US Senator Dick Durbin is disappointed by House Republicans' refusal to pass the Senate's farm bill. During his visit to Illinois State University, Durbin said the House shouldn't separate the partnership between urban and rural leaders. He says this is what has made farm bill legislation successful in the past.
"That's a serious mistake," he says. "The farm bill historically since the 1960s has passed because of an alliance between urban legislators and rural legislators. If it were just up to those Congressmen representing rural districts to sell the idea of farm programs, they might run into trouble."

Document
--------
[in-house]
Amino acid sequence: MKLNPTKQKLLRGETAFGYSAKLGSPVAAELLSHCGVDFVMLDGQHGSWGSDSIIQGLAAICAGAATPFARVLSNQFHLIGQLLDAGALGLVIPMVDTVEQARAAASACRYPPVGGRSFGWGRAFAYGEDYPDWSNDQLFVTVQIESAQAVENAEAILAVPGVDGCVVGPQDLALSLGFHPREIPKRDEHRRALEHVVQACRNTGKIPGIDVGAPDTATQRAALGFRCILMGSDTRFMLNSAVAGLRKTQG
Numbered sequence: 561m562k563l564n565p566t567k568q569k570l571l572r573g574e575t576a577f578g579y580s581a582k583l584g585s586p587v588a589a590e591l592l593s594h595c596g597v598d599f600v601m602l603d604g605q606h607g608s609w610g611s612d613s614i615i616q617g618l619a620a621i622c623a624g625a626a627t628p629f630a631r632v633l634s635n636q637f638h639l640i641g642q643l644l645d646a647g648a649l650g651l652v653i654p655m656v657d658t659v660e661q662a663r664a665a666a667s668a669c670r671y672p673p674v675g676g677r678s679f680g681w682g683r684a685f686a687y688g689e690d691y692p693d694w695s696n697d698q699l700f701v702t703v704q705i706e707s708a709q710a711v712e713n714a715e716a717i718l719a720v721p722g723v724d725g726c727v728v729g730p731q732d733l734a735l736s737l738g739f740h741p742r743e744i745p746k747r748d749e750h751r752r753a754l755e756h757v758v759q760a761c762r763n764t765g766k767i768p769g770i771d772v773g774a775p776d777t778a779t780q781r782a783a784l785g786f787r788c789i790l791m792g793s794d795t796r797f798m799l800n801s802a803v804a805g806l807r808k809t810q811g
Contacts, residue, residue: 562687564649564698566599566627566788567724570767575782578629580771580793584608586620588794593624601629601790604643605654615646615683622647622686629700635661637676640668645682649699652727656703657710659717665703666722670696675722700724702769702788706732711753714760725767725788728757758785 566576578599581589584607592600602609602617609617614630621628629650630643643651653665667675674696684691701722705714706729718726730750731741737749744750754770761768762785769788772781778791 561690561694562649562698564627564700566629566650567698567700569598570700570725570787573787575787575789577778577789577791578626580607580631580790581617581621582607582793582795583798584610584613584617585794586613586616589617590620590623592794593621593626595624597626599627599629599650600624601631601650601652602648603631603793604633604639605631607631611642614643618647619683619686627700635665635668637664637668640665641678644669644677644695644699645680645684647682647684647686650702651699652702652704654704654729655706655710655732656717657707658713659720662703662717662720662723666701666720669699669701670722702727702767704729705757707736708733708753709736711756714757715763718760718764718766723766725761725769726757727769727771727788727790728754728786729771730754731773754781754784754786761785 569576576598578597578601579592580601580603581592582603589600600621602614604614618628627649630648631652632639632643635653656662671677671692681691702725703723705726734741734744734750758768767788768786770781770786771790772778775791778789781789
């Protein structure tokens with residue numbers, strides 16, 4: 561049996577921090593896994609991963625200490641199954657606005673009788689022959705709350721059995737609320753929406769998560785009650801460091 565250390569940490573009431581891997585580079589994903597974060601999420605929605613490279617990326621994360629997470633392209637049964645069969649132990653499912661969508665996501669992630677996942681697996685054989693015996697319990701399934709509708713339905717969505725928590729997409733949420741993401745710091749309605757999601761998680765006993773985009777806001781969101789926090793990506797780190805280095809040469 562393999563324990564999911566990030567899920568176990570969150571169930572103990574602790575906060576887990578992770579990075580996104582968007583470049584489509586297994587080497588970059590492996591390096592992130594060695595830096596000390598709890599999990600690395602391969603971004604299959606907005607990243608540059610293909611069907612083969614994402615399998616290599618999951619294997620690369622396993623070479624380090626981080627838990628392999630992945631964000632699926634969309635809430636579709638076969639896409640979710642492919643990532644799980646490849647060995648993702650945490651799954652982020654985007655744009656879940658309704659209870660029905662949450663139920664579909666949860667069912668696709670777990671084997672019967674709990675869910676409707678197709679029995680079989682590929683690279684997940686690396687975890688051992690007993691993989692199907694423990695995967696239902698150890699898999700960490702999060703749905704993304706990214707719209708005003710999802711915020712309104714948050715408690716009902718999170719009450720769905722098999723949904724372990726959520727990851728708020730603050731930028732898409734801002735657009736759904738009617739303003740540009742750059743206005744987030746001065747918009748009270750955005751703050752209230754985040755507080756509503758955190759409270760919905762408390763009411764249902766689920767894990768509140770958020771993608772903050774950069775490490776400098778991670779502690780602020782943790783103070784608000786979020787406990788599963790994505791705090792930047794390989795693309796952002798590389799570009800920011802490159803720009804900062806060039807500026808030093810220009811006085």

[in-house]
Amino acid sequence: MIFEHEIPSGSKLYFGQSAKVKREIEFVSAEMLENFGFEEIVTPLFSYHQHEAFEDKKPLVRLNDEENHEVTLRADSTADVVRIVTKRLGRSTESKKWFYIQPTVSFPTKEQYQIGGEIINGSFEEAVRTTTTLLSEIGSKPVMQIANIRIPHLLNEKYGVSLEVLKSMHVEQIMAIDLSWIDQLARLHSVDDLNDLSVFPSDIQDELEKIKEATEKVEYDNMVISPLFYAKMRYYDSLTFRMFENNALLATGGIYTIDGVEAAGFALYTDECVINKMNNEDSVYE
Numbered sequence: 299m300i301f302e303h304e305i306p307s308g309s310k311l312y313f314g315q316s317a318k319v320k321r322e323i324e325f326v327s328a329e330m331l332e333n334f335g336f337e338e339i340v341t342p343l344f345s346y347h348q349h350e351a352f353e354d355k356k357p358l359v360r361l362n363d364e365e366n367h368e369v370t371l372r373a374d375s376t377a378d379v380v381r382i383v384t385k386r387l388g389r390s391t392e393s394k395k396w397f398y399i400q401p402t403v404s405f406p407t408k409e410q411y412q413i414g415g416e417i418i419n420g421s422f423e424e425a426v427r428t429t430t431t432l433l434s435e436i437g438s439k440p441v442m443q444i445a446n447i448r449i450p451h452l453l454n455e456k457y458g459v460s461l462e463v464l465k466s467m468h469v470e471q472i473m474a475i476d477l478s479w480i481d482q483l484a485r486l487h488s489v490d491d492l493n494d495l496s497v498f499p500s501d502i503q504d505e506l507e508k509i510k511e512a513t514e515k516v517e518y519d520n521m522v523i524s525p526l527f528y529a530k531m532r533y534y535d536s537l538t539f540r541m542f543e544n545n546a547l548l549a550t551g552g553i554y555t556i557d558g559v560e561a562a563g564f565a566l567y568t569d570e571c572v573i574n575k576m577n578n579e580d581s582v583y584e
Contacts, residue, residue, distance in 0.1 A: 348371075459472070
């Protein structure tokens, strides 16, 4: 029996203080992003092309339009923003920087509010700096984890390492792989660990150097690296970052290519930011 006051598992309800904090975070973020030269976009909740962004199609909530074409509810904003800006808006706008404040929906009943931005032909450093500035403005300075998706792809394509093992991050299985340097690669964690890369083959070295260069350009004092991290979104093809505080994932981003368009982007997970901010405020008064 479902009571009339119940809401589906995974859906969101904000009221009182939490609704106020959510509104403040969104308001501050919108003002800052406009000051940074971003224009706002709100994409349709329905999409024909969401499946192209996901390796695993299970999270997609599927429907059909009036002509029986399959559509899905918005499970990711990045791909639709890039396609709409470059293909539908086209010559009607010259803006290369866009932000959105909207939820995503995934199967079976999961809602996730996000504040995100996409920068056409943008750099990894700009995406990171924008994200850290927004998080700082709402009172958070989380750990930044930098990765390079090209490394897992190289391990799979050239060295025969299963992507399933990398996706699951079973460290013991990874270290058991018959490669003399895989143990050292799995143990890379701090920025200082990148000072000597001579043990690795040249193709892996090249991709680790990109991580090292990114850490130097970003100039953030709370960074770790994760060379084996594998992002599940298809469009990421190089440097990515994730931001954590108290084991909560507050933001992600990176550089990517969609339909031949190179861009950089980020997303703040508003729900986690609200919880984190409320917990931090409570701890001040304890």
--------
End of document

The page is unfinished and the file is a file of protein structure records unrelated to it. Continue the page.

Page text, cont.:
Durbin says the Senate bill was approved by farm groups and addresses the needs of both parties, including a policy on food stamps. He says the government could have a farm bill for the next five years if the House would approve it. He says John Boehner needs to show stronger leadership.
"It'll take a little humility on his part, which is not an easily found quantity found among politicians--including myself, it's the first casualty in politics. But if he can't pass his own bill, I think he owes it to the farm families across America to offer the Senate bill as an alternative."
The House plans to resume farm bill negotiations this month, but leaders are still working out what should be included in the legislati
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